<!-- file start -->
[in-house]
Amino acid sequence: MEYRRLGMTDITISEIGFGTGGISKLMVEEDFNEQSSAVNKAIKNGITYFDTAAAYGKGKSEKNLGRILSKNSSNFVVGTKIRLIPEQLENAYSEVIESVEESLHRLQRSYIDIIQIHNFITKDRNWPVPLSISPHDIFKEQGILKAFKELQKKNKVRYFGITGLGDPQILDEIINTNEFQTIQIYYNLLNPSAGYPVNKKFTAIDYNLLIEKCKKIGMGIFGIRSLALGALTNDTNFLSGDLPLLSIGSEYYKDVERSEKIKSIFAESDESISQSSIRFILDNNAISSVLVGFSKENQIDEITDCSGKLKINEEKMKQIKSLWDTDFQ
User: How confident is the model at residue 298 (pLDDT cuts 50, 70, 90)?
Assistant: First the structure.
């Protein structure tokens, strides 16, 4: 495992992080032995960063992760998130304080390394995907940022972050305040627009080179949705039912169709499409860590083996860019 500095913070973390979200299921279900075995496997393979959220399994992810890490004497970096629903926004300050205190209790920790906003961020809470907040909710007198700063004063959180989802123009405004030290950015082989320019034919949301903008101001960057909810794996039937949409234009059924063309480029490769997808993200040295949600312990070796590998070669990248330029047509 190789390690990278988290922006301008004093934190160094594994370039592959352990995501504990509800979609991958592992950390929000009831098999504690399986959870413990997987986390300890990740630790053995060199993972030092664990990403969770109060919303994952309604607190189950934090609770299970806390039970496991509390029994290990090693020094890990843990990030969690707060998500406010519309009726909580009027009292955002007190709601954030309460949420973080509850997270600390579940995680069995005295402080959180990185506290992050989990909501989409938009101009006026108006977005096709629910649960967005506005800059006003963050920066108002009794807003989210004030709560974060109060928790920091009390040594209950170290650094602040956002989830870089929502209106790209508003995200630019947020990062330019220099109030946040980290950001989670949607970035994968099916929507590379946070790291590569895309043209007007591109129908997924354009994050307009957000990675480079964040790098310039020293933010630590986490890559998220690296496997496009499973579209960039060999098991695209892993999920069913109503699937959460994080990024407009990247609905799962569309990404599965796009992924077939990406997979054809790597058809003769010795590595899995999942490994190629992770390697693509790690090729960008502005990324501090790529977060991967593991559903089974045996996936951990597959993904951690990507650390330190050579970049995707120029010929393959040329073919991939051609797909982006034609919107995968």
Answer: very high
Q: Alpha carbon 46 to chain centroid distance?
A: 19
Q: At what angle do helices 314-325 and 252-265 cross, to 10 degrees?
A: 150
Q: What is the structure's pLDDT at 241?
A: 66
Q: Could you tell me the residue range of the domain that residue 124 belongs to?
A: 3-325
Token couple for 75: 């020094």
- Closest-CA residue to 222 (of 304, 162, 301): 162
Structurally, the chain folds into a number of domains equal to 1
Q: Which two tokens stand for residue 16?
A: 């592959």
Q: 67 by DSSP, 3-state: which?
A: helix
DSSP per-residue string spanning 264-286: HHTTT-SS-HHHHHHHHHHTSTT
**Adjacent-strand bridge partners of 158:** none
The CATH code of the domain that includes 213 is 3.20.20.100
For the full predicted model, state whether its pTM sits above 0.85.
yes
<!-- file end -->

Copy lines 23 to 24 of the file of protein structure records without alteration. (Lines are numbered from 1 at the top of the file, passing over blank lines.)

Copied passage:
**Adjacent-strand bridge partners of 158:** none
The CATH code of the domain that includes 213 is 3.20.20.100